The catheter set, consisting of catheter 28, catheter drainage tube 30, sampling chamber assembly 24, force isolation system 26, front entry connector assembly 34 and collection bag 22 are brought to the patient and the patient is catherized. After the AUOM unit has been mounted in a correct location for the patient and after the catherization procedure, the urinary collection bag 22 is taken to the AUOM unit 20 which is located outside of the sterile field of the catherization site and is mounted to the AUOM unit. The force isolation system 26 includes a relatively rigid header assembly 94 having a pair of spaced female connectors 96 and 98 which are adapted for mating receipt of mounting arms 46 and 48, respectively, to suspend the collection bag 22 therefrom. As will be explained in greater detail below with reference to FIG. 7, means are provided for causing arms 46 and 48 to interlock with female connectors 96 and 98.

After a pair of protective sensor caps 102, only one of which is shown in FIG. 3, are removed from a pair of probe guide connectors 104 and 106, the probe quide connectors 104 and 106 are enabled for mating receipt of sensor probe assemblies 42 and 44, respectively. Once caps 102 are removed, the sampling chamber assembly 24 is enabled for receipt within a sensing location 108 with sensor probe guide connectors 104 and 106 located respectively opposite sensor probes 42 and 44. The collection bag 22 is then locked onto arms 46 and 48.

The two sensor probe assemblies 42 and 44 are then caused to move together through manual actuation of a probe actuator 110. When the actuator 110 is moved from its position as shown in FIG. 1B to the operative position shown in FIG. 1A, the two sensor probes move together and respectively matingly engage the sensor probe guide connectors 104 and 106. Since the drainage tube 30 is mounted to sampling chamber assembly 24, both it and the downstream end of the drainage tube 30 are held against any movement relative to the housing frame 36. After this is done, the start switch 60 is actuated and the AUOM unit 20 begins operations to provide the monitor information described above.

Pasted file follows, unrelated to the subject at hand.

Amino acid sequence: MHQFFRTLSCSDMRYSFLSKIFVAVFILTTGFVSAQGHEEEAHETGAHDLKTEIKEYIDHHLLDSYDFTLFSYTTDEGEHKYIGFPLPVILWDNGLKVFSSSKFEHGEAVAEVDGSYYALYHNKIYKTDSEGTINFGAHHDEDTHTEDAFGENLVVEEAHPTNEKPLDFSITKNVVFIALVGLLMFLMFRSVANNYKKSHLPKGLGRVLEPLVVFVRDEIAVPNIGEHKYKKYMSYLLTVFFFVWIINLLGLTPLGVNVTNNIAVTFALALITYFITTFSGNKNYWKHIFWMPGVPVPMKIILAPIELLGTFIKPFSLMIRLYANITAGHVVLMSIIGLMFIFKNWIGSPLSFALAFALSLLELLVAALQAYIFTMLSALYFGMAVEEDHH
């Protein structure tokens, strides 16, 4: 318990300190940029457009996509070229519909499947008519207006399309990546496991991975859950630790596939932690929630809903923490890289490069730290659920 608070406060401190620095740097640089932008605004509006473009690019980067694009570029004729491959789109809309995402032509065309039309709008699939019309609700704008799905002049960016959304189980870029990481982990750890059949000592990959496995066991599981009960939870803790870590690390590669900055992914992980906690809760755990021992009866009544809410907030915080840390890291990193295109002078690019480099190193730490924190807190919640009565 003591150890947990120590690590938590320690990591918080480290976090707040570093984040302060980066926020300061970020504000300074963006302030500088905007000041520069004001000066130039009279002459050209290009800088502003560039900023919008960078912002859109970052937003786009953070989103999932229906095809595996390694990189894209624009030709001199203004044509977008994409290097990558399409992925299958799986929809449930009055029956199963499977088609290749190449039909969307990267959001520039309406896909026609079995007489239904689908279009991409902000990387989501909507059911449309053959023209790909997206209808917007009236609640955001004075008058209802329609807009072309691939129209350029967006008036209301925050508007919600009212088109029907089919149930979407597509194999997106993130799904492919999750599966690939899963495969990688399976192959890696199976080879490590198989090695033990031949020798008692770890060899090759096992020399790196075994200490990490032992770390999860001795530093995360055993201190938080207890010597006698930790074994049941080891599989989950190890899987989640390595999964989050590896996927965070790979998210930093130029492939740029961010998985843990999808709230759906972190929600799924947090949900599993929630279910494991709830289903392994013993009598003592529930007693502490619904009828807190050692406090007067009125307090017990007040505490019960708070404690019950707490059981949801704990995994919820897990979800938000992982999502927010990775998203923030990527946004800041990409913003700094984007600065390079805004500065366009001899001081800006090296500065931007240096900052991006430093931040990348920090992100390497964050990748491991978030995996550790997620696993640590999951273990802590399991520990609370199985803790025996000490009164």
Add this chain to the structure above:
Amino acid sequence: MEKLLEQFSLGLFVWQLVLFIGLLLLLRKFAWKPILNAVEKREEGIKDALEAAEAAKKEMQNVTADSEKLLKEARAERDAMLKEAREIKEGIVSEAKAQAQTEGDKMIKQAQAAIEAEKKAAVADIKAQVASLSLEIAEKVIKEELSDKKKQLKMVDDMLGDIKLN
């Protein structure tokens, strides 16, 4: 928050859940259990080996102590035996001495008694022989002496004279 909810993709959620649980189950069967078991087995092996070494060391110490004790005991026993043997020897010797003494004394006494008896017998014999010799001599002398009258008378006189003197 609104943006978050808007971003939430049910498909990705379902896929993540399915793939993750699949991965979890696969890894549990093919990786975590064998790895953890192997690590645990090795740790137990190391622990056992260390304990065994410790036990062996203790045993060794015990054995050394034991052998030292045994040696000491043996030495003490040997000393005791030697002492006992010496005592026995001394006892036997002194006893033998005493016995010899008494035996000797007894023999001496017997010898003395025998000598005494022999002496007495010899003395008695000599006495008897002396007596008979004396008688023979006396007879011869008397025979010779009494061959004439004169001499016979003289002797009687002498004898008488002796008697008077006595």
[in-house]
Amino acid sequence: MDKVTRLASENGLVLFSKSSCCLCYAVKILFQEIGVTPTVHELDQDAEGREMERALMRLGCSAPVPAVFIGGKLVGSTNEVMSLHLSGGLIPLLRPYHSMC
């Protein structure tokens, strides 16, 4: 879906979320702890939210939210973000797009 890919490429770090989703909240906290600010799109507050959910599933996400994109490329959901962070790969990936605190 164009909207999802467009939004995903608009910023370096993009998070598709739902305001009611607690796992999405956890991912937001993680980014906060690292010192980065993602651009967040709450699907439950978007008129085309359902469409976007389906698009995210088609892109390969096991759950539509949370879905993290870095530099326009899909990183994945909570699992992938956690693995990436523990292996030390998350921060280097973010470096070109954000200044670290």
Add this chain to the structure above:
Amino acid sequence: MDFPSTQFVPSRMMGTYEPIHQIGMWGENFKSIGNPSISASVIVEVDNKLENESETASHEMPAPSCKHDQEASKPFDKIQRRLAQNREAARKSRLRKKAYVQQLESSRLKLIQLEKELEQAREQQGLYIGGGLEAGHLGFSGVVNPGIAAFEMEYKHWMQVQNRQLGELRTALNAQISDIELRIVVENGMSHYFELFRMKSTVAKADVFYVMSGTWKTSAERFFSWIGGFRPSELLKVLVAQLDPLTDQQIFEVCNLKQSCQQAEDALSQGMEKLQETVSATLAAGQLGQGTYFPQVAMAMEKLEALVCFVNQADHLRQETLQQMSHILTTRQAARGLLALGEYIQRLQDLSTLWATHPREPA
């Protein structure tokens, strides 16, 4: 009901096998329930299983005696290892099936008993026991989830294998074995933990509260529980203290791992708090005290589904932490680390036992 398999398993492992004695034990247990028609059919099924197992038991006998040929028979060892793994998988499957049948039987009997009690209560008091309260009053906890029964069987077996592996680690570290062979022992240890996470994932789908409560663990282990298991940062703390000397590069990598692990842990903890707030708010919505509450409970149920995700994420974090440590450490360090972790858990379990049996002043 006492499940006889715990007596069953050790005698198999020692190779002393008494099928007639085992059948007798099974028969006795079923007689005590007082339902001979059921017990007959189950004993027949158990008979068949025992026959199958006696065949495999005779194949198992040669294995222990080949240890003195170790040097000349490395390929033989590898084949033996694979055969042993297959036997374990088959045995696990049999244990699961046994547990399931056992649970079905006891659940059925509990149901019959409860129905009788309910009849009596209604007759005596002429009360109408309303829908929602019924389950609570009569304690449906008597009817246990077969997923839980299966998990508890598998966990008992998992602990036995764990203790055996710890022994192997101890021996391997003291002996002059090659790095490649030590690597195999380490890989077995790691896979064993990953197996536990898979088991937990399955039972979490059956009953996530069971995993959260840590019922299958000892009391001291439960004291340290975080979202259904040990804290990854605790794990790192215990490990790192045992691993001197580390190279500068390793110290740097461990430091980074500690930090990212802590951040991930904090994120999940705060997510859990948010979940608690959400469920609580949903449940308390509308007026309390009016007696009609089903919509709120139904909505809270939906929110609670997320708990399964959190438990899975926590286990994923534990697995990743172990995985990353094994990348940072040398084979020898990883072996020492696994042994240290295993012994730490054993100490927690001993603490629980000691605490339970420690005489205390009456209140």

The details of the force isolation system 26 and the sampling chamber assembly 24 are described with reference to FIGS. 3, 4, 5A, 5B, 6 and 7.

Referring particularly to FIGS. 3 and 4, the header assembly 94 is seen to comprise a central body 111 with a central force isolation header connector 112 located between the pair of female connectors 96 and 98 together with a pair of opposed header mounting arms 114 and 116. The header is secured to the flexible bag 22 by means of a pair of header mounting pockets 118 and 120 within which are held mounting arms 114 and 116, respectively. These pockets are formed from extensions of the back and front walls 130 and 128 of urinary collection bag 22 which are secured together along a common seam 122 and a pair of upper seams 124 and 126 respectively associated with header mounting pockets 118 and 120. During manufacture, the header assembly 94 is placed in position with its header mounting arms 114 and 116 between the front and back walls of collection bag 22 prior to the formation of seams 124 and 126. Alternately, if sufficient clearance is provided or the relatively rigid header assembly arms 114 and 116 are sufficiently flexible, the arms 114 and 116 are inserted into pockets 118 and 120 after all the seams are formed.

Referring also to FIGS. 5A and 5B, a front wall 128, opposite a back wall 130 of urinary collection bag 22, is seen to have an inlet opening 132 in fluid communication with a coupler 134. Coupler 134 is sealed to the front wall 128 of flexible bag 22, by means of a flexible peripheral mounting collar 135 which is sealed to the front wall 128 around the periphery of inlet 132. A fluid conductive connector assembly, which forms part of the force isolation system 26, includes a downturned, elongate portion, or angular conduit, 138 for making fluid connection with the front 128 of the flexible bag 22 through coupler 134 and inlet 132. This angular conduit 138 is in fluid communication with a hopper portion 140 of relatively larger diameter, a shoulder 142, a flexible diaphragm mounting portion 144 and a movement restraint portion 146.